IBBY Australia Honour Books showcase refugee stories


IBBY Australia proudly announces its biennial Honour Books for 2018. Many Australian authors and illustrators for young people have a deep concern for the plight of refugees. It happens that the two books selected, one for excellence in Writing, one for excellence in Illustration, treat themes of migration and the search for a safe place.

For Writing: The Bone Sparrow by Zana Fraillon, Lothian Children’s Books, an imprint of Hachette Australia.

Subhi is a refugee of Rohingya origin, born in an Australian permanent detention centre, and life behind the fences is all he has ever known. But as he grows, his imagination gets bigger too, fed by The Night Sea, the faraway whales and the birds.

 One night Jimmie, a scruffy, impatient girl, appears from the other side of the wires, bringing a notebook written by the mother she lost. Unable to read it, she relies on Subhi to unravel her own family’s love songs and tragedies. 

Subhi and Jimmie might both find a way to freedom, but not until each of them has been braver than ever before. The writer succeeds—mostly through Subhi’s first-person narrative —in presenting the claustrophobic world of the detention camp, with its tedium and heartbreak, major and petty cruelties and unexpected humour. The reader is left pondering themes of hope, freedom, friendship, memory and the power of stories.

Zana Fraillon was born in Melbourne, studied history and became a primary teacher.  She has written picture books for young children, a series for middle readers, and No Stars to Wish On, about a boy taken from home and put in an orphanage. Her most recent book, The Ones That Disappeared, tells of trafficked children searching for freedom. The Bone Sparrow has featured on a number of awards lists in Australia and overseas, including the Amnesty CILIP Honour 2017, for which a judge wrote: ‘The characters are sharply observed throughout and, in Subhi, Zana Fraillon has created an unforgettable voice’.

For Illustration: Teacup by Matt Ottley (text by Rebecca Young), Scholastic Press

Teacup is the story of a boy ‘who had to leave home’ and his long and arduous journey by sea, bringing with him only a book, a bottle, a blanket and a teacup full of earth from the place where he grew up. The journey includes peaceful days, and days when storms threaten to overturn his boat. When at last he reaches land, it does not feel complete . . . until another traveller joins him. Matt Ottley has crafted images of this transformative journey, using a combination of oil paintings and digital art. He has brought dramatic and luminous skyscapes and seascapes, skilful changes in perspective and studies of reflection to the spare, poetic text to create an eloquent tale of migration. The symbols of the teacup, the soil and the tree that grows from it will evoke recognition in many readers.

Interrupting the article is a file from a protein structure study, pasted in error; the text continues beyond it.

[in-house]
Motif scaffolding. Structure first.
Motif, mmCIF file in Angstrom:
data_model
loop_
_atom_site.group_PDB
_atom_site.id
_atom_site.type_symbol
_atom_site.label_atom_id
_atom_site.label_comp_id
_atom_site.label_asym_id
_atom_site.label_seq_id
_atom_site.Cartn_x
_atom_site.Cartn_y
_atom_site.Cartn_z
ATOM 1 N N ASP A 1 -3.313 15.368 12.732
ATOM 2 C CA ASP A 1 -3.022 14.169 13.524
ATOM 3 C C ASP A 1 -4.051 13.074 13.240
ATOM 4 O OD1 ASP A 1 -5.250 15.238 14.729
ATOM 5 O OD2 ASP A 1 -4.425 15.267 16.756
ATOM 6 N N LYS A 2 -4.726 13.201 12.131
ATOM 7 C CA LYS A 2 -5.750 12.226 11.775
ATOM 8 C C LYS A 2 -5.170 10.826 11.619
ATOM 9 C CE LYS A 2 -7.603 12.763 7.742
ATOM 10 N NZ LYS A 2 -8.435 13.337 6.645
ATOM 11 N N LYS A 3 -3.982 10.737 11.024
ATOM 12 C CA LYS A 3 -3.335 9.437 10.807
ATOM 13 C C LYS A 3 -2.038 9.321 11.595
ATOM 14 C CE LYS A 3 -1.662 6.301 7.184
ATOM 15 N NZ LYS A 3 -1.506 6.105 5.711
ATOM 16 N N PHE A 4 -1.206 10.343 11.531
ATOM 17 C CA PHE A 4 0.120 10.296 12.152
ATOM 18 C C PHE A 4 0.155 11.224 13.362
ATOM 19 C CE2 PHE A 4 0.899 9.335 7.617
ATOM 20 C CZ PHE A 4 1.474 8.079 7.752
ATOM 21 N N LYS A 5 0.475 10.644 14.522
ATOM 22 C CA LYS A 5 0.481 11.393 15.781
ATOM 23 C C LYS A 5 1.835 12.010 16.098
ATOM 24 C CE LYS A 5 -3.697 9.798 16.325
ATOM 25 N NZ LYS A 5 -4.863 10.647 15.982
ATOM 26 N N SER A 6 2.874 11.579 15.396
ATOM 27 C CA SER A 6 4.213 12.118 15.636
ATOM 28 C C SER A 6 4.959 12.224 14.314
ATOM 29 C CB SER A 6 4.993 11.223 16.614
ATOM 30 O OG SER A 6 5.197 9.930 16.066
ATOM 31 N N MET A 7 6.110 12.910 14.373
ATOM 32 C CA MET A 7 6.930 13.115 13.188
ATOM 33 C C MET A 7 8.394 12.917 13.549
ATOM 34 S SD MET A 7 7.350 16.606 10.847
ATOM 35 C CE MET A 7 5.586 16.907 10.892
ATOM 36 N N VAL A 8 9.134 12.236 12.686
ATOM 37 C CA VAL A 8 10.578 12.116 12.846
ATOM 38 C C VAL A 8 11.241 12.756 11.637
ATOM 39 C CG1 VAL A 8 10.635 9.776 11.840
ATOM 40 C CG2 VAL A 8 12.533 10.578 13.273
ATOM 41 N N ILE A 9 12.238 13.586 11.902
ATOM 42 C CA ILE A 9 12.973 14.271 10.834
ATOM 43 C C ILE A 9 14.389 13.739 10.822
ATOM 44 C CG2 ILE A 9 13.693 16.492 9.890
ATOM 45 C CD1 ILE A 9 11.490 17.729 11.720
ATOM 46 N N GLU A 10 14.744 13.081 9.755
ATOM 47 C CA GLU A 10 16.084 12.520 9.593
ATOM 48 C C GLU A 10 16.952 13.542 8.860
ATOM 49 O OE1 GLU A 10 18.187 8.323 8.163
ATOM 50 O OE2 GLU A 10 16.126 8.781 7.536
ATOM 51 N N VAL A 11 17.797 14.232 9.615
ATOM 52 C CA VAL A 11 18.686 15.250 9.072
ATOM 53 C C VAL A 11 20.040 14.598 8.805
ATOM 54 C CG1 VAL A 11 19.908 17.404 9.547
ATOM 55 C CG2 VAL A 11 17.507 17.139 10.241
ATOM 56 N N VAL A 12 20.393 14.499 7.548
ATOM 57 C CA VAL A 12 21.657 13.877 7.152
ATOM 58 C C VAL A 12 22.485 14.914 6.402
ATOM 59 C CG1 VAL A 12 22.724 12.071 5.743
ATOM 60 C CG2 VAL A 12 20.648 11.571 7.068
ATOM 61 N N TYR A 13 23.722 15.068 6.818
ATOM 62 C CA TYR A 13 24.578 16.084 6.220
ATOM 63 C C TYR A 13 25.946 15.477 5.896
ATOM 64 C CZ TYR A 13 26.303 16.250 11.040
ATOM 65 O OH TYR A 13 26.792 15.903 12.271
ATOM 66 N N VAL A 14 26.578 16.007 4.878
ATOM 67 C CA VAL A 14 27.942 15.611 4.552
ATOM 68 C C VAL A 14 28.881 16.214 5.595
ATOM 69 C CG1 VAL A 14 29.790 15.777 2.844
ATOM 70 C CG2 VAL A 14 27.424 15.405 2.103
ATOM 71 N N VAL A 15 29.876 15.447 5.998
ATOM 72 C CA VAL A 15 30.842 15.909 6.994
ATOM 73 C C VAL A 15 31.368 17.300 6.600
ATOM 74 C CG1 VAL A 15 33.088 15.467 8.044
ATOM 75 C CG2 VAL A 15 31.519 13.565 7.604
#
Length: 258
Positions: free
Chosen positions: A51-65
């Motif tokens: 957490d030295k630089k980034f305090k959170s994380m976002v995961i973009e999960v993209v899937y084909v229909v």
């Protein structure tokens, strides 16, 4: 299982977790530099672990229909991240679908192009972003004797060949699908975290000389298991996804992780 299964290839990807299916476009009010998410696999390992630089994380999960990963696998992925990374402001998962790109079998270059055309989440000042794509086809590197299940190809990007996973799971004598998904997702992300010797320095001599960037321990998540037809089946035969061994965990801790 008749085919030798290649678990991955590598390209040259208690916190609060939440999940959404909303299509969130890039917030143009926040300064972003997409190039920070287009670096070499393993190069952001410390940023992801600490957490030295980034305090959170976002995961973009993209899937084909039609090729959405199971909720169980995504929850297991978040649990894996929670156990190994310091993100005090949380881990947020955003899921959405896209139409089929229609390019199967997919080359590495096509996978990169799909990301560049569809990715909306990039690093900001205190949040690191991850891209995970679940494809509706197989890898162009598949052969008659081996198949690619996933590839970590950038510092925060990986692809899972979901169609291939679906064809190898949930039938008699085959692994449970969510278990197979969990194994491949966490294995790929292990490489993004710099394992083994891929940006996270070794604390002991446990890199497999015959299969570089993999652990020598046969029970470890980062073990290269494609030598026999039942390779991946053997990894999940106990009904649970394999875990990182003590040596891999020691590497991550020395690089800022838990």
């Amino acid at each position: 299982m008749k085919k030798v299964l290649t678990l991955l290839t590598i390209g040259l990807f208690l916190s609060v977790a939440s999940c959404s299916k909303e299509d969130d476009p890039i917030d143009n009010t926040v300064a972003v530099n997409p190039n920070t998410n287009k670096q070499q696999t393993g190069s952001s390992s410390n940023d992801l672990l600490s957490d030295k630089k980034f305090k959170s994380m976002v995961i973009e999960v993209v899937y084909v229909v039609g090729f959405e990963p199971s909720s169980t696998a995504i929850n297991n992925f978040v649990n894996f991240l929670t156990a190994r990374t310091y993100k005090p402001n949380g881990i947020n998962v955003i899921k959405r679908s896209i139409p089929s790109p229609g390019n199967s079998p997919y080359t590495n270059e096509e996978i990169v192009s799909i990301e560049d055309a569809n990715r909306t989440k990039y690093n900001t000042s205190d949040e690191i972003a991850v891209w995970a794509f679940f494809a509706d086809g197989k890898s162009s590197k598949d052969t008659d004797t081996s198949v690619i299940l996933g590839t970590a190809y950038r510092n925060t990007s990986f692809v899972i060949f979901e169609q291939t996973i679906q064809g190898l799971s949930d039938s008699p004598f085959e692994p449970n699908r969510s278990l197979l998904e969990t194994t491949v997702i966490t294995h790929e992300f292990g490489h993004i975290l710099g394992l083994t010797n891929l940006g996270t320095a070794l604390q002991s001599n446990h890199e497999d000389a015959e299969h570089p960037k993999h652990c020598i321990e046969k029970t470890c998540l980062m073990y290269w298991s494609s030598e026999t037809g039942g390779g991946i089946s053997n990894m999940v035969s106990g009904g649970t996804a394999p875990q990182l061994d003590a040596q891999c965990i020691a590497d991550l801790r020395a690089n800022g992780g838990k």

Matt Ottley was born in Papua New Guinea, moved to Sydney as a child, and worked as a stockman in Queensland before finally studying fine arts and music. In addition to being one of Australia’s most highly regarded children’s book creators, he is also a musician and composer. He has illustrated over 20 children’s books, including Luke’s Way of Looking (text Nadia Wheatley); Requiem for a Beast: a Work for Image, Word and Music (text Matt Ottley); Home and Away (text John Marsden); and Tree: A Little Story about Big Things (text Danny Parker). Teacup was winner of the Patricia Wrightson Award 2016 (NSW Premier’s Awards).

Every two years an Advisory Panel of three children’s literature experts makes the selection from all books published in the period. These outstanding books become Australia’s representative books in a travelling exhibition of about 150 international titles. The exhibition will be shown at the IBBY Congress in Athens in 2018, at the Bologna Children’s Book Fair and in many other countries.


Dr Robin Morrow AM

National President

IBBY Australia Inc

Email: robin.morrow@wordsandphrases.com.au

Tel: +61 (0)2 9484 1904                                                                     10 October 2017

IBBY Australia Ena Noël Award 2016 Announced

IBBY Australia’s Ena Noël Award is an encouragement award for a young, emerging writer or illustrator. The panel of three judges is happy to announce that this year’s winner is: Writing Clementine by Kate Gordon (Allen & Unwin).

Year 9 student Clementine Darcy is finding life challenging. Her friends want her to diet and exercise more, to emulate fashion models; her brother has become a recluse and locks himself in his room; her mother is preoccupied with being a high profile lawyer; and her beloved older sister is not as perfect as Clementine had thought. And then there’s a new male student who is odd and secretive and somehow makes her question many assumptions.